I know someone who lives in an RV which you might notice around the Newtown Creek. This person is saving for retirement by not paying rent, despite enjoying a high paying Union job at a major utility company. Not bad, as that’s some gordian knot style lateral thinking right there. Somewhat illegal, of course, but let’s face it – things are illegal in NYC only if there a cop around.

– photo by Mitch Waxman

Residential Astoria is not my “cup of tea” to photograph, but I decided to break my rules for once and did a few tripod setups on my way home. In general, I don’t wave the camera around at residences unless they are something extraordinary or there’s some historical tale that revolves around the building.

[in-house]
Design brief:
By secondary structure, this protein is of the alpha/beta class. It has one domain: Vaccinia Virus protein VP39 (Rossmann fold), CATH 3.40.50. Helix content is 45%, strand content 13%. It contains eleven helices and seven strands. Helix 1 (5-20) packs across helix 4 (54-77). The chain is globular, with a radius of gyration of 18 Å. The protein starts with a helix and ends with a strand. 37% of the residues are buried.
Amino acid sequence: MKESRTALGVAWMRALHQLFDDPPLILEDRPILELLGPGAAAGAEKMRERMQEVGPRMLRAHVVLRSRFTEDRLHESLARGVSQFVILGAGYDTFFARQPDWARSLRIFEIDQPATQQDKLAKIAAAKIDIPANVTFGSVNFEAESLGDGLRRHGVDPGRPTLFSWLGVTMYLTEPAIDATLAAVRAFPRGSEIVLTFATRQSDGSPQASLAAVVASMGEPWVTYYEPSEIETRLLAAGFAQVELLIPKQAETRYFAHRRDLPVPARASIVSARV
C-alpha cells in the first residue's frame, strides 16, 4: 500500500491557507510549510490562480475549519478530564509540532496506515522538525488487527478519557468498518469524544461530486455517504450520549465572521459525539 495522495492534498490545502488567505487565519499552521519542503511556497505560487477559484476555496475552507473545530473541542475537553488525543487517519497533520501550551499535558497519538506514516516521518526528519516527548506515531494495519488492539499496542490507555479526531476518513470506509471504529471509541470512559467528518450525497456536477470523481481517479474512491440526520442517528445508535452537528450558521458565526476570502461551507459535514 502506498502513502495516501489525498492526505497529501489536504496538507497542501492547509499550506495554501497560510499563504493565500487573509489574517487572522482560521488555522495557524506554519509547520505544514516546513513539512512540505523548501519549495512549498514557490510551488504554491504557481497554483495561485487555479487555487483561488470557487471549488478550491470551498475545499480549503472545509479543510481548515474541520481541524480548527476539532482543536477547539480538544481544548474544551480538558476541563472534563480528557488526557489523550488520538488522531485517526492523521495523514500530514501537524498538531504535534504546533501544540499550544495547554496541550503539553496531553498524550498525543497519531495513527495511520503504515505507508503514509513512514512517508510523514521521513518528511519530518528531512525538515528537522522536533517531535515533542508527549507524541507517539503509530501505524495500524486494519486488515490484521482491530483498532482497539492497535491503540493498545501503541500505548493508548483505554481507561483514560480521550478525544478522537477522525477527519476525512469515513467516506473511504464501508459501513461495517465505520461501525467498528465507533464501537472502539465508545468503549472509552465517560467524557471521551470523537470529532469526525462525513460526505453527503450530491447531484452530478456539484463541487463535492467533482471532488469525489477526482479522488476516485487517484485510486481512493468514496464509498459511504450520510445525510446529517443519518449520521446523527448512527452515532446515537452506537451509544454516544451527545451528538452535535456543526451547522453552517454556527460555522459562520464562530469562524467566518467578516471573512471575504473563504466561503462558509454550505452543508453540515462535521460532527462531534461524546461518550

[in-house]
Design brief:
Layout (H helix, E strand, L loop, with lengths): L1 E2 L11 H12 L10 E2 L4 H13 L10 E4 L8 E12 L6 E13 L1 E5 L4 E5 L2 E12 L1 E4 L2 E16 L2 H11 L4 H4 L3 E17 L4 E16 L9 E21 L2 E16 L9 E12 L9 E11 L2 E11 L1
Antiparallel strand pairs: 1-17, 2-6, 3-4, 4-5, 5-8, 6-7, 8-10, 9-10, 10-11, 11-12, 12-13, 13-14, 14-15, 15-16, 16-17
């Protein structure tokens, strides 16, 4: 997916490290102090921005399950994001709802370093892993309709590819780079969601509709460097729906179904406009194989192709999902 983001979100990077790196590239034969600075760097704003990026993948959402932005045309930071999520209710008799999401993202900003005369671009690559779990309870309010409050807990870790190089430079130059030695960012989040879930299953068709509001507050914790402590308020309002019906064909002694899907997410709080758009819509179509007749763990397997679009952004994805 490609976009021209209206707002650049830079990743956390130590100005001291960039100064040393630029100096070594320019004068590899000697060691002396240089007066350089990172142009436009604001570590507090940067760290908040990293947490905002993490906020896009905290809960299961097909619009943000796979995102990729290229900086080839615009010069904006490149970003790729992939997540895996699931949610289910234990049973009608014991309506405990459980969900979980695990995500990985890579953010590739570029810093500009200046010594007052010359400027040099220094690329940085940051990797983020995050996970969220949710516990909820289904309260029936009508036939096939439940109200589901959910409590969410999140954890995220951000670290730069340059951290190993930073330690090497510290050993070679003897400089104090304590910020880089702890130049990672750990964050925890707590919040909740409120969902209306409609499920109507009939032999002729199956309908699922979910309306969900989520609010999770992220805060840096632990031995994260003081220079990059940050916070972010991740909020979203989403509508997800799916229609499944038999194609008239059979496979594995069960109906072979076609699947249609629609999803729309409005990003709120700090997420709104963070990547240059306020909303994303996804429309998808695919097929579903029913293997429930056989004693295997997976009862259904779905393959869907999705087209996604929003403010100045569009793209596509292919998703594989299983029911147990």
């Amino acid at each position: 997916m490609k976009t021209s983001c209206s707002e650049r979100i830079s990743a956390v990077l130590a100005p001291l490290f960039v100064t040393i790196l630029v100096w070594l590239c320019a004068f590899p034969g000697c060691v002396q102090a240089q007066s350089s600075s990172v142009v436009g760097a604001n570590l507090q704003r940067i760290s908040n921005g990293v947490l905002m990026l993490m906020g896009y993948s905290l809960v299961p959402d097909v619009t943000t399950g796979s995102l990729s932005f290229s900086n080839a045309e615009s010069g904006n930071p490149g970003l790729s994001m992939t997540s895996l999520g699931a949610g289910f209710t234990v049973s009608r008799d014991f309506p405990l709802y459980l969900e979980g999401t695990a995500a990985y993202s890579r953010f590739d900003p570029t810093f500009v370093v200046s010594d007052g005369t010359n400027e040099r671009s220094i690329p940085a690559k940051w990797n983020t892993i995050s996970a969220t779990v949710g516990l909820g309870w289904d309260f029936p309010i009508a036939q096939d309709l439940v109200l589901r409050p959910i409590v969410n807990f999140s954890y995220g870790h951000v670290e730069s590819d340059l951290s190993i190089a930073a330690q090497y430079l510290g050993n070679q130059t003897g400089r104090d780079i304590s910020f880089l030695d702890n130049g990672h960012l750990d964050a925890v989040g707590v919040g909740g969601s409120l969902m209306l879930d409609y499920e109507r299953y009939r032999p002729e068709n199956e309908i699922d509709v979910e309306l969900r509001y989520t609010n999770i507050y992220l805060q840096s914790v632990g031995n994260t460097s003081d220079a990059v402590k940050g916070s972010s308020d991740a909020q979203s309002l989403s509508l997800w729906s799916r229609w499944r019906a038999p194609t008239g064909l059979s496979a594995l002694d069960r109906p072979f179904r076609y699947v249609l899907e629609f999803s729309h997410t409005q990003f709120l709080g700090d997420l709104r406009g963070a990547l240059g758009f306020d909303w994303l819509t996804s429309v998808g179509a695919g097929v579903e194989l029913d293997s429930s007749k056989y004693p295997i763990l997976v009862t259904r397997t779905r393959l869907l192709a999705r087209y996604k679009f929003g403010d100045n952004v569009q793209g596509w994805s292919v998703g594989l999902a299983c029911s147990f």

Also, it makes the neighbors antsy and the last thing I want is to have to talk to anyone while I’m focused on shooting.

– photo by Mitch Waxman

At Astoria Blvd., and the gateway to “Little Egypt.” The area is so called because of the huge concentration of middle eastern restaurants, peoples, and a large Mosque which can be found just south of the corner.

The shot is captured from one of vehicle/pedestrian bridges which spans the Grand Central Parkway which Robert Moses jammed through Astoria “back in the day.”

– photo by Mitch Waxman

The Grand Central feeds to and from the Triborough Bridge in a trench which Moses’s engineers cut into Astoria, forever severing the north and south sides of the neighborhood. Lifers in the neighborhood will refer to the area north of the highway as “y’know, Ditmars” or “Astoria, Astoria Bro.” To the south, they’d say “tertieth avensues” or “Broadway” to describe the zone your domicile is found in. There is some debate about “terty fourt avensues” being Long Island City or Astoria , a status which might be debated fiercely by Mumbly Joe, Mattie the vampire, or Glazier Chris at the local saloon.